Thursday, 5 December 2013

AFGHANISTAN: US's Afghan Exit & Russia

At the heart of the Obama administration’s 2014 Afghanistan exit strategy is the decision that almost all of what went in must come out. That involves Russia, even more than it did going in.

With relations with Pakistan so volatile, the United States is not going to trust the transportation of weapons and other military equipment to the traditional supply route from landlocked Afghanistan through Pakistan’s tribal areas, where the Taliban can help itself. Instead, a large-scale airlift of personnel and lethal cargo will cross Russian airspace, homeward bound.

Since 2009, the Pentagon has used Russia’s air corridors extensively under what it calls the US-Russian Lethal Transit Agreement, and will continue to do so as the withdrawal steps up in 2014.

According to the US Transportation Command, between July 2009 and August 2011, US military and civilian transports flew 1,373 flights over Russian territory carrying 211,000 personnel in and out of Afghanistan, along with 80,000 tons of equipment. Since then, the number of flights has remained at a steady annual average of just over 1,000. The total number of flights from September 2011 through October 2013 was actually around 2,327, carrying a total of 469,000 passengers.

Meanwhile, a land route for non-lethal supplies, called the Northern Distribution Network (NDN), continues to deliver supplies to Afghanistan for troops still on the ground. Congress only relatively recently authorized the Pentagon to purchase vegetables from Afghan suppliers; everything else, including bottled water and toothpaste, is shipped in.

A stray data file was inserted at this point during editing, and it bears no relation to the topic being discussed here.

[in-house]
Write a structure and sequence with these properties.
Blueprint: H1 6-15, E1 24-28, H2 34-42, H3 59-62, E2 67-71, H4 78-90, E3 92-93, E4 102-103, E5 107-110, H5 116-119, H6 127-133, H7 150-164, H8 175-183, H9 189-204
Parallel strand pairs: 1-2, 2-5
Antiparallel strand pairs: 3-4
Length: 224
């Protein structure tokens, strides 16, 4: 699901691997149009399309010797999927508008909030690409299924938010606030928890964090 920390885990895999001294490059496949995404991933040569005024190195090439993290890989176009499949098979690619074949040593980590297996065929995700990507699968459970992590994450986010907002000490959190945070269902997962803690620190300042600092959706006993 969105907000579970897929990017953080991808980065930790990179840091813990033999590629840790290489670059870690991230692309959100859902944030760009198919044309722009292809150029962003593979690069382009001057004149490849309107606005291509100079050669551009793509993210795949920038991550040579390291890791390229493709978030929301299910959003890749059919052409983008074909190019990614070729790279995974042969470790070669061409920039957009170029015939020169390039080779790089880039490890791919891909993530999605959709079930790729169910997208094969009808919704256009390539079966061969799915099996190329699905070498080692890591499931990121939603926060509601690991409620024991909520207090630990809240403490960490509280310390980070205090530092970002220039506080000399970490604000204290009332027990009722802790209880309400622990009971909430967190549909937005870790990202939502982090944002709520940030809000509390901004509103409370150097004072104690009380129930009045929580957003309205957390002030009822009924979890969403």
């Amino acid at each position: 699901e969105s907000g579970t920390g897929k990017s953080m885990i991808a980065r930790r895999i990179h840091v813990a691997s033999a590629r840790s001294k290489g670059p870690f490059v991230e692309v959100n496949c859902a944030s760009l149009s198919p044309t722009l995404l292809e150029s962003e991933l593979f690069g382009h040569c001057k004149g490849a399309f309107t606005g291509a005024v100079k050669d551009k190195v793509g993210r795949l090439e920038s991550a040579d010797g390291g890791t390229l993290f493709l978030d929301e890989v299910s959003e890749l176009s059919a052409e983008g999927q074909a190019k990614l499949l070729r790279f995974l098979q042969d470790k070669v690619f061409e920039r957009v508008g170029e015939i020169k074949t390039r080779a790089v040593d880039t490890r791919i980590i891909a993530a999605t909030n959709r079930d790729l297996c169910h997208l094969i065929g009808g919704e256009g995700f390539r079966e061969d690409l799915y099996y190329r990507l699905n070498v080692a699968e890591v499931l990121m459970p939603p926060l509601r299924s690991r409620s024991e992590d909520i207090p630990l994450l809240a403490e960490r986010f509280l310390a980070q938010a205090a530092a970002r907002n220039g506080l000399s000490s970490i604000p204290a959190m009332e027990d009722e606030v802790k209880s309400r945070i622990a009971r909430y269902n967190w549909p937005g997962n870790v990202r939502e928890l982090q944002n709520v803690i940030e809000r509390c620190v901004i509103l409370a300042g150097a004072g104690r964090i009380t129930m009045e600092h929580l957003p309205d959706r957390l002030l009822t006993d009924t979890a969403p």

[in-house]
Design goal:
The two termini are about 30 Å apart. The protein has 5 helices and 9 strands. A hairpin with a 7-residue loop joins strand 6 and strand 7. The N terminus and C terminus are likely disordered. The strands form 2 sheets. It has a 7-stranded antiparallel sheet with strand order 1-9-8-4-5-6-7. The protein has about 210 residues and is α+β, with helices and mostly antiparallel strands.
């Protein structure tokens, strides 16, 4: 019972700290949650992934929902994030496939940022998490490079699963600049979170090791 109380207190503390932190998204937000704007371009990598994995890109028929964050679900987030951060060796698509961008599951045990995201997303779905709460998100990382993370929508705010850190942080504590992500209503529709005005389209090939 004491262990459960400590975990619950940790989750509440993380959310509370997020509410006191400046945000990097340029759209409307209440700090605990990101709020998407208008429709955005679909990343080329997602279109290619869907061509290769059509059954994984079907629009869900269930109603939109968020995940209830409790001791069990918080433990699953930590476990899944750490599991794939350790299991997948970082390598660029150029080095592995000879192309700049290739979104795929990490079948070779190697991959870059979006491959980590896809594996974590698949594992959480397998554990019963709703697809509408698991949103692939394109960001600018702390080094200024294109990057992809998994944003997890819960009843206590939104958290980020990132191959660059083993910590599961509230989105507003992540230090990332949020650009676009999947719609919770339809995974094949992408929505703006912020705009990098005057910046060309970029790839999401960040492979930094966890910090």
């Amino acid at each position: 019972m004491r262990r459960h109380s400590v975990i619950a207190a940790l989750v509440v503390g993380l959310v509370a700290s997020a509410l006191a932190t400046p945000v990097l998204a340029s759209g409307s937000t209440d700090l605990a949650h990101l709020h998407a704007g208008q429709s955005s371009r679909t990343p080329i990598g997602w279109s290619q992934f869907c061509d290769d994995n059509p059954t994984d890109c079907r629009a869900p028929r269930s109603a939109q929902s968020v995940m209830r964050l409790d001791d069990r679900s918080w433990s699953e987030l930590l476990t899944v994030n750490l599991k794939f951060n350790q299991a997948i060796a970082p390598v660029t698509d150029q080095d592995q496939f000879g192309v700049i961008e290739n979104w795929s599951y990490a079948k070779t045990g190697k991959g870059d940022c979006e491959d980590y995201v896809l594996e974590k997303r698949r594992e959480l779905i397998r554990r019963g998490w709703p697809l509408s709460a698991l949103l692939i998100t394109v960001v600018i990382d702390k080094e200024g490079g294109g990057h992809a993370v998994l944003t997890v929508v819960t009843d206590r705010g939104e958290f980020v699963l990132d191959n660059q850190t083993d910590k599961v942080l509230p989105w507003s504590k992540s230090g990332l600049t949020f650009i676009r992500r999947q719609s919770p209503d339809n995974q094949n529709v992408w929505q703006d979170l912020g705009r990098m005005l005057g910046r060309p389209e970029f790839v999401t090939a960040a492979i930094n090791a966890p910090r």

The NDN follows part of the ancient Silk Road from the east—and more recently, the Russian supply route for its own troops in Afghanistan. It starts at one of three main seaports on the Baltic coast—Riga in Latvia, Klaipeda in Lithuania, or Tallinn in Estonia—where container ships are offloaded onto Russian trains to be carried across Russia and into Central Asia. The final rail destination is usually in Uzbekistan. Because Afghanistan has no railroad network to speak of, the goods are then transferred to trucks for the last leg of the journey.

Why would the Kremlin be so obliging at a time when US- Russian relations are in such poor shape over issues like Syria, Snowden, and the case of Sergei Magnitsky, the whistle-blowing lawyer who died in a Moscow prison?

Well, for one thing it puts the administration in Vladimir Putin’s debt. But if the Kremlin hopes that Russia’s role in the withdrawal will result in a more muted US approach on human rights, it is reckoning without a belligerent Congress.

In December, the State Department—on instructions from Congress—is due to publish an updated list of Russians who are known to be serious human rights abusers, including some of those involved in Magnitsky’s nightmare, with the intent of seizing any US-based assets and denying them US entry visas.

But there’s also the money. It costs $1.2 million a year to maintain an American soldier on the ground in Afghanistan, compared to $650,000 in Iraq. High transportation costs, including customs fees, account for a lot of the difference, with the Russians reaping a lot of the benefit.

By Jennifer Birich
AFP Blogger

Photo-Credit: AFP